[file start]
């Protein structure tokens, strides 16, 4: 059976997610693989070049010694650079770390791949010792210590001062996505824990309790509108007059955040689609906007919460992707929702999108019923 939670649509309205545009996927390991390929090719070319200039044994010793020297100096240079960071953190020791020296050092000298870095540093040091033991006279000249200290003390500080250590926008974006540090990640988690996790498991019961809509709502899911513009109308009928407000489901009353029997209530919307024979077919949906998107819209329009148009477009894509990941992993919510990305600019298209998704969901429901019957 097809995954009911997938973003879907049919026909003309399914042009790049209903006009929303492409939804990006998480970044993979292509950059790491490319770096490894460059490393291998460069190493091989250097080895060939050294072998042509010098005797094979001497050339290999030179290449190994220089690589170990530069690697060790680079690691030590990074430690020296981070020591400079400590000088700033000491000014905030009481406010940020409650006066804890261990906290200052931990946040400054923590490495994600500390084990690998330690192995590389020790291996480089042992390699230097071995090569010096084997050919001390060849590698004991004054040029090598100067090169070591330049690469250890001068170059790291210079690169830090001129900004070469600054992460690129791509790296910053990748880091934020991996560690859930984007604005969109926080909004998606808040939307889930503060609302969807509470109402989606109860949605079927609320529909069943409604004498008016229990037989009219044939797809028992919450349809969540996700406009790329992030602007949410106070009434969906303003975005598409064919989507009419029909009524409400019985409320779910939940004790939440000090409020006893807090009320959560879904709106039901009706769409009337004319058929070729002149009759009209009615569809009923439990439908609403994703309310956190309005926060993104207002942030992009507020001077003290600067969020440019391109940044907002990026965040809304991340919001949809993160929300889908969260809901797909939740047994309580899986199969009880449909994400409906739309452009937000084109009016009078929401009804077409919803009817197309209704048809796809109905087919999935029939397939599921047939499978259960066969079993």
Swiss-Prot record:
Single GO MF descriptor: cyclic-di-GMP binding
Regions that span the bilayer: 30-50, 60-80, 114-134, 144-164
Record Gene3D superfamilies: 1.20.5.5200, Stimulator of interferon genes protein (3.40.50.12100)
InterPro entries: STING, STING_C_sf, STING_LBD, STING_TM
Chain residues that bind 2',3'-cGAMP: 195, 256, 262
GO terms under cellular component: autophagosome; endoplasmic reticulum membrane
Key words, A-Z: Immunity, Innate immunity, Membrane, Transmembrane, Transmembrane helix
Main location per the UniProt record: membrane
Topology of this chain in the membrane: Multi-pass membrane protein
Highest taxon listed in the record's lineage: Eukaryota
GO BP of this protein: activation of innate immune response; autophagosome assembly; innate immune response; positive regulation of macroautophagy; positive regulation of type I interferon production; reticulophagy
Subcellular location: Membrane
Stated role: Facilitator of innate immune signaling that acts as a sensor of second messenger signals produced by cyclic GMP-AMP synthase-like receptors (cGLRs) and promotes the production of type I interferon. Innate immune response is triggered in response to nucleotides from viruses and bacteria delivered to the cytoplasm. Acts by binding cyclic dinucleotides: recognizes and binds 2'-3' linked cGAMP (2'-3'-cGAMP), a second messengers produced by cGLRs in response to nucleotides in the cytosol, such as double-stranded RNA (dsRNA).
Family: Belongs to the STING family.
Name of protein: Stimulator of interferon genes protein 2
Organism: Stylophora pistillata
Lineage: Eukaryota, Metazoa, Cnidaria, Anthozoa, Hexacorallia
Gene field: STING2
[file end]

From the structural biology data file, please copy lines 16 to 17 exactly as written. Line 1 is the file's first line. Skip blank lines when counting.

Family: Belongs to the STING family.
Name of protein: Stimulator of interferon genes protein 2